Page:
“All the other girls were able to dress a lot nicer, and get their nails done, which are things that I’m financially not able to do,” Chambers said. “One of the worst parts was all the girls talking about how they went out with their moms to do these things, and I don’t have that, either.”

Chambers dropped out of recruitment on the third day after she wasn’t invited back to three-fourths of the chapters on campus, many of which she felt she had a connection to. Already dealing with the nerves of going through the process, she found the news worsened her severe anxiety. Chambers found it difficult to deal with that level of rejection all at once, with no friends or major support system in Amherst at the time.

Her experience going through recruitment helped her recognize yet another sharp disparity between the north and the south — the sense of community within Greek life and around the university campus in general.

“The sense of community up here is nonexistent,” Chambers said. “Down south, people would try to earnestly be your friend, even if you aren’t interested in their organization.”

As for what she would change about the recruitment process, Chambers said she wishes that those in charge gave potential new members (PNMs) an explanation as to why they are not called back to certain sororities. Chambers said this seems like an invitation for PNMs to make assumptions about why they weren’t wanted.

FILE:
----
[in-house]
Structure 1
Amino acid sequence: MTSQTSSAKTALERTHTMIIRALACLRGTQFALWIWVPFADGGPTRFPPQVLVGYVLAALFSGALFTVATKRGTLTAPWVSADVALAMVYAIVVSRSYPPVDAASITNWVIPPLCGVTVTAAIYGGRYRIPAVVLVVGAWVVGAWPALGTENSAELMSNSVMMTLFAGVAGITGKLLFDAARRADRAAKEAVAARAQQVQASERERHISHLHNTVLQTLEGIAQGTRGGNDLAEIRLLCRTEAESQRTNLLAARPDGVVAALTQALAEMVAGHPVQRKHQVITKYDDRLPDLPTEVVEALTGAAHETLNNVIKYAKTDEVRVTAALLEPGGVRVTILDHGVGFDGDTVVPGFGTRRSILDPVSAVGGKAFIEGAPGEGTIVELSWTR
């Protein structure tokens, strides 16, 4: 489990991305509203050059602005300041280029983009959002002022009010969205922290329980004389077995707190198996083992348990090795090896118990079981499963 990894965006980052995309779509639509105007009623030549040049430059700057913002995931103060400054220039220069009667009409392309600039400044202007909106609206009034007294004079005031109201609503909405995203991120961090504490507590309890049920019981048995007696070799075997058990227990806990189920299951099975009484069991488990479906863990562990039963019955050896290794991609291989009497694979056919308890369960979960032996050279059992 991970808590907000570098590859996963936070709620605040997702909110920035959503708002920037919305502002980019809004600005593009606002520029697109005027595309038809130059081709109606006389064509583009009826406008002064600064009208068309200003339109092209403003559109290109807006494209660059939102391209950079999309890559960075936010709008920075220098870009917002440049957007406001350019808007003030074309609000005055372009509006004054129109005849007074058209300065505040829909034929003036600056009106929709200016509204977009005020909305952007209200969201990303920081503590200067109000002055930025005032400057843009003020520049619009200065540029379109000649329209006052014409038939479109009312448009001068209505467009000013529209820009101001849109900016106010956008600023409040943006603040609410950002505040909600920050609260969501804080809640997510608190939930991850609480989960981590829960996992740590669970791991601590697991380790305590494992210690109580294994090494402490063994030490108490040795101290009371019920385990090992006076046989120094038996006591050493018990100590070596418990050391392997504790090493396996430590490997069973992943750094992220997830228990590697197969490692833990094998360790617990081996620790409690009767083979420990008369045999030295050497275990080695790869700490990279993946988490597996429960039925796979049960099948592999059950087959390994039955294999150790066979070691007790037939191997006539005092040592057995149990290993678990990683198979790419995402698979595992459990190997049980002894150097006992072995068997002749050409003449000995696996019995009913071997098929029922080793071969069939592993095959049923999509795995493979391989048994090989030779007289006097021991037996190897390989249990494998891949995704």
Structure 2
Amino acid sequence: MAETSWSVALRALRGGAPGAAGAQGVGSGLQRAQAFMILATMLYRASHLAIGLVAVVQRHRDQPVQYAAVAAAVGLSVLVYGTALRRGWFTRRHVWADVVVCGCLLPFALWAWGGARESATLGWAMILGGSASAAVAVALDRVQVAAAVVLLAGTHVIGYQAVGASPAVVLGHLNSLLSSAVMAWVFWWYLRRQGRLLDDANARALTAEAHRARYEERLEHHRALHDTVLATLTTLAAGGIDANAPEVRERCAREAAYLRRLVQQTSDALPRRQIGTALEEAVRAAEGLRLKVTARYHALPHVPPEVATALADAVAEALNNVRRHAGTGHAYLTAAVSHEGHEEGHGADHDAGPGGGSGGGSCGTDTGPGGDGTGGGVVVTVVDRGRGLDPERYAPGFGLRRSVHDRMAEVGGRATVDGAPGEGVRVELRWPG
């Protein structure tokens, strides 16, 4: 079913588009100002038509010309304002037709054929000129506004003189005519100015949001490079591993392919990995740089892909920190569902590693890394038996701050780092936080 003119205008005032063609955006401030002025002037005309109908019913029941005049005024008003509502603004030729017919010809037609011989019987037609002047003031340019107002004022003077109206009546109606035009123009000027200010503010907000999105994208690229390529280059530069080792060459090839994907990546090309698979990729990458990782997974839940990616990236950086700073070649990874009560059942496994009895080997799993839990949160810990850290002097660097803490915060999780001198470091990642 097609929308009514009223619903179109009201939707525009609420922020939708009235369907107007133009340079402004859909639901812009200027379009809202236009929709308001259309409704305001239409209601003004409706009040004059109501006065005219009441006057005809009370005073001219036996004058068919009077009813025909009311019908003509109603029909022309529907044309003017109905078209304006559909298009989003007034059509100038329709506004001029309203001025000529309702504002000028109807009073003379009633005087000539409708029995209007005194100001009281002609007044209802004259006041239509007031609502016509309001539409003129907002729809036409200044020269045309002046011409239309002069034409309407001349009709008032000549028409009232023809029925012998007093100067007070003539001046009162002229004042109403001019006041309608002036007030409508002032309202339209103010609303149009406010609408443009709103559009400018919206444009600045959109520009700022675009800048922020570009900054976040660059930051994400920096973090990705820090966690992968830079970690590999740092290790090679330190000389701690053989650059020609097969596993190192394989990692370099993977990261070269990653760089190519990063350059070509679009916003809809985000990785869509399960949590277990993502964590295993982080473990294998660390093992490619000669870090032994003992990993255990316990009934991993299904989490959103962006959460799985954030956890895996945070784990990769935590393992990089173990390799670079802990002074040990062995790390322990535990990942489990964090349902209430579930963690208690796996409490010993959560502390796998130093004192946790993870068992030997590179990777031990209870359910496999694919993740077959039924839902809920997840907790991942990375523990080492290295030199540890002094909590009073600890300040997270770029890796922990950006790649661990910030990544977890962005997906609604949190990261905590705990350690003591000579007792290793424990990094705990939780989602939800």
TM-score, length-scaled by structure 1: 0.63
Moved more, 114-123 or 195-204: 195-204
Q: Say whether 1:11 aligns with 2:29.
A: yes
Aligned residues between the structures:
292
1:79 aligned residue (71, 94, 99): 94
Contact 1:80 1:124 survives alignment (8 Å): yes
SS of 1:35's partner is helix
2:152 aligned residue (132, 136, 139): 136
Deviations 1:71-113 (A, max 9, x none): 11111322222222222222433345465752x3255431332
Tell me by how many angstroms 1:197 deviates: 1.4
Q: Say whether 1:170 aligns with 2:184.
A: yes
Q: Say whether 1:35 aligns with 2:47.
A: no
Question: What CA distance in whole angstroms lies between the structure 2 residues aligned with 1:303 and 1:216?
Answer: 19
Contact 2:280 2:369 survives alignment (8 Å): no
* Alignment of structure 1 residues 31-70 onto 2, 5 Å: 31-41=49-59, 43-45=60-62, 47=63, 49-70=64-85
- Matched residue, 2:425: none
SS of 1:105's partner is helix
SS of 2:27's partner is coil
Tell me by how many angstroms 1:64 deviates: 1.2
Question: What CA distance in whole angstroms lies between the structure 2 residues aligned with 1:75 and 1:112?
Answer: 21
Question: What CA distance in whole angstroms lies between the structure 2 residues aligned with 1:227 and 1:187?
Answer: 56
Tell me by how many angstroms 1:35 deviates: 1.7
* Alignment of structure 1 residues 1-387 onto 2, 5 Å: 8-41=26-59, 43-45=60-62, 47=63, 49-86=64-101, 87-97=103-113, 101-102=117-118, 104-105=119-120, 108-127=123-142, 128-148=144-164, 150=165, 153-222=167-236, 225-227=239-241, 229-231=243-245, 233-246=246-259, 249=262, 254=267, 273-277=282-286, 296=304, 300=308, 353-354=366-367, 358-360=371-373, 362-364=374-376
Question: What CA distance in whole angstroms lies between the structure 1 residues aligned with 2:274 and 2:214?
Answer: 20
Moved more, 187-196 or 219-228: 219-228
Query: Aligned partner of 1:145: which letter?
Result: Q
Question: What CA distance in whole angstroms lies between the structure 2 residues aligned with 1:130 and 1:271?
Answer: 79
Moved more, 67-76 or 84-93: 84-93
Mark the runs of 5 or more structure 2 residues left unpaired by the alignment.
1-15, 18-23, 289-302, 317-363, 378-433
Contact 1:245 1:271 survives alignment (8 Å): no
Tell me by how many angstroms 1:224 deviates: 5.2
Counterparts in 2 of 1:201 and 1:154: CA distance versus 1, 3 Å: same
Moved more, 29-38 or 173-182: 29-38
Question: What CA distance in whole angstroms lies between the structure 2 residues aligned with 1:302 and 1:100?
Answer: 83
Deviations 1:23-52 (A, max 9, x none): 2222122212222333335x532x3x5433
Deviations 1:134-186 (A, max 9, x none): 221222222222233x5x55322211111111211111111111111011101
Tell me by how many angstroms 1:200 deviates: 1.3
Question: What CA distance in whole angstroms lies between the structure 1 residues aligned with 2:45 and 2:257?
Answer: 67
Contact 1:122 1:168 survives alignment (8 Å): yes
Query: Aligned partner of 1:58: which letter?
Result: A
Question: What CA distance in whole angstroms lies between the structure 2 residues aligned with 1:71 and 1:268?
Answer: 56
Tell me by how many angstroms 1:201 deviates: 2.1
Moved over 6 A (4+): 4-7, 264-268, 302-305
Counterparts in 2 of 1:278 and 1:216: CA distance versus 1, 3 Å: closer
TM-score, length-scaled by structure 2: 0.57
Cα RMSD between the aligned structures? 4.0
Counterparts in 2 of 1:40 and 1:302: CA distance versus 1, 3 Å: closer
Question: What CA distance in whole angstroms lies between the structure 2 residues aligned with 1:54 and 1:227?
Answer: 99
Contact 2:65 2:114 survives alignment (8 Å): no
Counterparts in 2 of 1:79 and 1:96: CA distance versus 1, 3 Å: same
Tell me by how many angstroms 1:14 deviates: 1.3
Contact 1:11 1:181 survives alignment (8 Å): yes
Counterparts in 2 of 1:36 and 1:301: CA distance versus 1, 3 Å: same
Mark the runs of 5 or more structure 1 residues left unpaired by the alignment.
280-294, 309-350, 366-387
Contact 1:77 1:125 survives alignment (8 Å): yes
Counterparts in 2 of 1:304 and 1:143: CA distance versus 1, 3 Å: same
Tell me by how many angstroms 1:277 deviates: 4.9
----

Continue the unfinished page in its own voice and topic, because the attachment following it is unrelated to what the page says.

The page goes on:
“The recruitment process is unique because it’s one in which both potential members and National Panhellenic Council (NPC) organizations must choose one another,” said Nikki Caminetsky, UMass Panhellenic Council Vice President of Membership, when asked about the amount of feedback PNMs receive. “Ultimately membership decisions are made by individual chapters — and not by the College Panhellenics. As a result, we don’t have that information.”

For Chambers, a sense of exclusion is something that she has already experienced far too many times as a bisexual transgender woman.

Chambers referenced her experience attempting to rent an apartment before moving to Amherst. She said that once she communicated with the landlord that she would be moving in with her girlfriend, the process suddenly became much more complicated.

The same thing happens when she applies to jobs. She said the interview will go fine, but once the background check goes through, an issue appears despite her record being completely clean.

Day by day, Chambers is continuing to adjust to the ways of life in Amherst. Though she experienced an intense form of culture shock upon arriving, she said she is ultimately happy to be here because the UMass Student Health Benefit Plan covers sexual reassignment surgery.

This plan helped Chambers successfully book her surgery for the summer.

She said she looks forward to continuing to explore the local communities in Amherst, and working toward her ultimate goal of attending veterinary school.

Email Carina at [email protected]